City Hall

Ten lessons for de Blasio from Villaraigosa's Los Angeles

Bill de Blasio with his wife, Chirlane McCray, and daughter, Chiara, at an earlier demonstration, in The Nation.

Peter Dreier, the author and Occidental College academic who has been a leading voice in LA's progressive circles since at least the Jim Hahn era at City Hall, has a piece in The Nation offering new New York City mayor Bill de Blasio some tips. Dreier's frame of reference is the two terms of Antonio Villaraigosa as mayor of Angeles. "Bill de Blasio may be today’s standard-bearer for urban populism, but he’s not the first left-leaning mayor to lead a major US metropolis," says Dreier. "America’s cities were the cradle of progressivism from the late 1800s through the New Deal and beyond....In 2005, voters in Los Angeles elected Villaraigosa—a onetime union organizer and community activist—as their mayor, the first Latino to hold that office in modern times."

Villaraigosa’s accomplishments during his eight years in office include cleaning up the nation’s dirtiest port, supporting private sector unions (janitors, hotel workers, truck drivers and security guards, among others) during organizing drives, strengthening the city’s living-wage law, dramatically expanding funding for public transit (by persuading voters to approve a sales tax increase), imposing strict workplace and environmental standards on the city’s trash collection and recycling industry, reforming job training programs to bring inner-city youths into well-paid union jobs, and reducing violent crime. He became a national champion of immigrant rights and ended the LAPD’s complicity with federal agencies on deportations. He was less successful in addressing the city’s severe housing crisis and improving its public schools.

Here are ten lessons that Bill de Blasio and his supporters might learn from Villaraigosa’s successes and failures:

1 Master “civic housekeeping.” Voters want to make sure that city government is competent before they’ll back you on social and economic justice issues. Make sure that potholes and playground equipment get fixed, parks are clean, and police and fire department response times are fast. At the first sign of a major snowstorm, get on top of a plow.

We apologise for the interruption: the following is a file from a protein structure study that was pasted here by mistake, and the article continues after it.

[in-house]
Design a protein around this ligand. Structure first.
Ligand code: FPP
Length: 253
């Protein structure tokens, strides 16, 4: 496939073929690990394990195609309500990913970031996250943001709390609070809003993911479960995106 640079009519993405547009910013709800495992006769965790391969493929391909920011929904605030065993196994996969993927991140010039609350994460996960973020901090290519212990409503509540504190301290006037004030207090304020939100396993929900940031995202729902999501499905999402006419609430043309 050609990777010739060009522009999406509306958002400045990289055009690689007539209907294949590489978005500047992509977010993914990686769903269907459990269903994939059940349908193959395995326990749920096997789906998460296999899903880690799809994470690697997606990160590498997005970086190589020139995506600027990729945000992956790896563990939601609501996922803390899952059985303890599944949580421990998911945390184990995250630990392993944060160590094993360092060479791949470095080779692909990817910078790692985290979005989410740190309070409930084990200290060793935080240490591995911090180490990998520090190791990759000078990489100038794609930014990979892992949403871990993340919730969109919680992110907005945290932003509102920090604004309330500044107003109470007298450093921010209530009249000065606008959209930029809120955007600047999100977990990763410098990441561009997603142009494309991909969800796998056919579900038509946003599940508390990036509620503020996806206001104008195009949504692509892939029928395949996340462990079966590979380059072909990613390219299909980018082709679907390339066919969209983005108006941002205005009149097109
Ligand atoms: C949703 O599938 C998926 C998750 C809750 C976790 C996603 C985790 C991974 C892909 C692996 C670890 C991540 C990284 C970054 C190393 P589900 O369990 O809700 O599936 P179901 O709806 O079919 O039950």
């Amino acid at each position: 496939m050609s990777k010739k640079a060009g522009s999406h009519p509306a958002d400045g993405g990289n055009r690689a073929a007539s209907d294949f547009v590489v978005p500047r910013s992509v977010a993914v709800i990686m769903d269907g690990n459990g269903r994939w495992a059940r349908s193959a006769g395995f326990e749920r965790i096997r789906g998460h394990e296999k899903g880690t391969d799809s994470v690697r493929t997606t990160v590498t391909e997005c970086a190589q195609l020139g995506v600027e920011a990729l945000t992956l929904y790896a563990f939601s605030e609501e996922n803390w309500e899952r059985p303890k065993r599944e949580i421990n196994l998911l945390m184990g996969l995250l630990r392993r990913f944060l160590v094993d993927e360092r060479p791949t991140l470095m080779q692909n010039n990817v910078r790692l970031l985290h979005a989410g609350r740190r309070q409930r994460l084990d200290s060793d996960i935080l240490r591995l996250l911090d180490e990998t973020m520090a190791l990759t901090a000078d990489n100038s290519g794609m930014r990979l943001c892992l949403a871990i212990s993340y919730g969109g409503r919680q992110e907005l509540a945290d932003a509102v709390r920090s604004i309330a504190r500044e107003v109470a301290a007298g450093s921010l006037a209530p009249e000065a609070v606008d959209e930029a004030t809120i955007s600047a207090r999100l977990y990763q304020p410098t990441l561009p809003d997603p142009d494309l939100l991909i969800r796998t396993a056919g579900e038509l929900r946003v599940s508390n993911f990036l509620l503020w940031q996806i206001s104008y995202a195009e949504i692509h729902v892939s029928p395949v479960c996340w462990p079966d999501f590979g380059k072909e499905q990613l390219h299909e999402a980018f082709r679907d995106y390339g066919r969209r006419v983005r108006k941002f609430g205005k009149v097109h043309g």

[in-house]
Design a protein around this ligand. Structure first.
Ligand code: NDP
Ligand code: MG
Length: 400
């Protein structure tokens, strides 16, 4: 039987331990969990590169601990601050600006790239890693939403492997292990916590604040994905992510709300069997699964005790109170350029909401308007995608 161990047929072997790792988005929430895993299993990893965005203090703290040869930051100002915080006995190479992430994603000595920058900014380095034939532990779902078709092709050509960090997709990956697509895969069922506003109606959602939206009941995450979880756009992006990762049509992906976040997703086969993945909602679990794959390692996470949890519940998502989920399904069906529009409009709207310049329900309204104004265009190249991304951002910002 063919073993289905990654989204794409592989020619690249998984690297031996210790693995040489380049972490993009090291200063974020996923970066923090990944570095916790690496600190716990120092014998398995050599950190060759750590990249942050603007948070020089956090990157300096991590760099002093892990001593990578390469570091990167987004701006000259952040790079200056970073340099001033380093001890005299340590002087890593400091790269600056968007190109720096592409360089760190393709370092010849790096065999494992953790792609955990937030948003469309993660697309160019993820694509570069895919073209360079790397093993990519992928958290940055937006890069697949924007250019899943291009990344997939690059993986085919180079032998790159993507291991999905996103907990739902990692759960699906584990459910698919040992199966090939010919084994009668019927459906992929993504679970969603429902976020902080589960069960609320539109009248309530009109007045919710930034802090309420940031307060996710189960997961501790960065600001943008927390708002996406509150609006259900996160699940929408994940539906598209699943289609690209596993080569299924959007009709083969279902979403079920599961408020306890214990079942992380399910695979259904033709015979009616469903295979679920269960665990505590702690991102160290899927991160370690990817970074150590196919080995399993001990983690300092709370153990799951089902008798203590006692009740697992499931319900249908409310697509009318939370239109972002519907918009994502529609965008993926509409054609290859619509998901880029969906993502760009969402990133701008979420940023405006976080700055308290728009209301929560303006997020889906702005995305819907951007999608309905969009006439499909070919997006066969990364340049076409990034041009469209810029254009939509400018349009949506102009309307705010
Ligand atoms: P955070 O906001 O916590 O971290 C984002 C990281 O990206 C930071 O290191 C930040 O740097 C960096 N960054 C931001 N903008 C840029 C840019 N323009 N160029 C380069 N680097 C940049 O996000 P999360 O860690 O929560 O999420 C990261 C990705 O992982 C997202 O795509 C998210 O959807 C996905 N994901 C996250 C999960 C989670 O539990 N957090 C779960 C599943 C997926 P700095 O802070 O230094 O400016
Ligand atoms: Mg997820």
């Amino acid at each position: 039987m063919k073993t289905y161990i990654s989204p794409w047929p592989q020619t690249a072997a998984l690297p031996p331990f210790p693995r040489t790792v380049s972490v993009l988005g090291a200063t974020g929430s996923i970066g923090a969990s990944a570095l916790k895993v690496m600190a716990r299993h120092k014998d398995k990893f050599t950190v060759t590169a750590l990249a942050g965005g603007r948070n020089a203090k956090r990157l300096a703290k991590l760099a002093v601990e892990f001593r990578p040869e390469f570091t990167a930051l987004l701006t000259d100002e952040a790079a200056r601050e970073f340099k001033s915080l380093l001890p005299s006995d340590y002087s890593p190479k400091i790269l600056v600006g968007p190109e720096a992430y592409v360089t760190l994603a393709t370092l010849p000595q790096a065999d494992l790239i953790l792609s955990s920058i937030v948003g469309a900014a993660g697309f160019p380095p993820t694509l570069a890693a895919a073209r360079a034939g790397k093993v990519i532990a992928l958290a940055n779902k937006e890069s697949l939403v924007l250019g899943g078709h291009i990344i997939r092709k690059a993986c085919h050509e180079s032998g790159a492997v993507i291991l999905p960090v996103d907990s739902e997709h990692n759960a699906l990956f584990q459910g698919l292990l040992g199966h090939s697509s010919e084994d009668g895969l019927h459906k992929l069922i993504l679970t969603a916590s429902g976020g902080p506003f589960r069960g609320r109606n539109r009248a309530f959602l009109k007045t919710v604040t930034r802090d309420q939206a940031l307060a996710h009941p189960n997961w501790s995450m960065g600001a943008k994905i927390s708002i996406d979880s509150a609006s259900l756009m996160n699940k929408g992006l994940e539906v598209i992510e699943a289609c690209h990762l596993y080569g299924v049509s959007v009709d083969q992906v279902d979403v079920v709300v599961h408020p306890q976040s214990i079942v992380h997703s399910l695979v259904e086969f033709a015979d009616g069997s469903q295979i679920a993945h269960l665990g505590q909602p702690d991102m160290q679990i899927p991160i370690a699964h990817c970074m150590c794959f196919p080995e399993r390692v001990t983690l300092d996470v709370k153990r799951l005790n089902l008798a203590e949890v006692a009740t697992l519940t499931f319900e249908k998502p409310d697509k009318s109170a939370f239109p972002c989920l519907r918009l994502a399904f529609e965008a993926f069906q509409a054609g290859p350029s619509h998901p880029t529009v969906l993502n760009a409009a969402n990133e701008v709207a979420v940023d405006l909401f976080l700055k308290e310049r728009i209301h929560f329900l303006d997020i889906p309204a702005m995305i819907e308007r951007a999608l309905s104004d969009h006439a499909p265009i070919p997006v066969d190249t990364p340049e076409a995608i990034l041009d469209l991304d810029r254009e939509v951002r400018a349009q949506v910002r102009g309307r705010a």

2 Be transparent about your major goals and quantify them whenever possible....

3 Embrace the “inside/outside” tension that comes from being a progressive activist in City Hall....

4 You’re the mayor, but think like an organizer. Each major issue requires a campaign—with a core base, allies and opposition targets (slumlords, Walmart, greedy banks)....

5 Take advantage of divisions within the business community...

Speaking of number 1, de Blasio will be tested by the snowstorm that began hitting New York today.

It's an interesting checklist and revealing, perhaps, about the playbook Villaraigosa may have used and that Eric Garcetii may be consulting for his first term. Garcetti, by the way, is supposed to be back from his Australian vacation. Maybe there's some jet lag happening: The mayor's office has resumed putting out an official daily schedule, but Friday's is short:

Mayor Garcetti has no public events.
Noted: Former LAPD chief William Bratton took the oath of office as chief of the NYPD today. “Who says you can’t come home again?,” he began his speech. He mentioned Hahn, who traveled to attend the ceremony.

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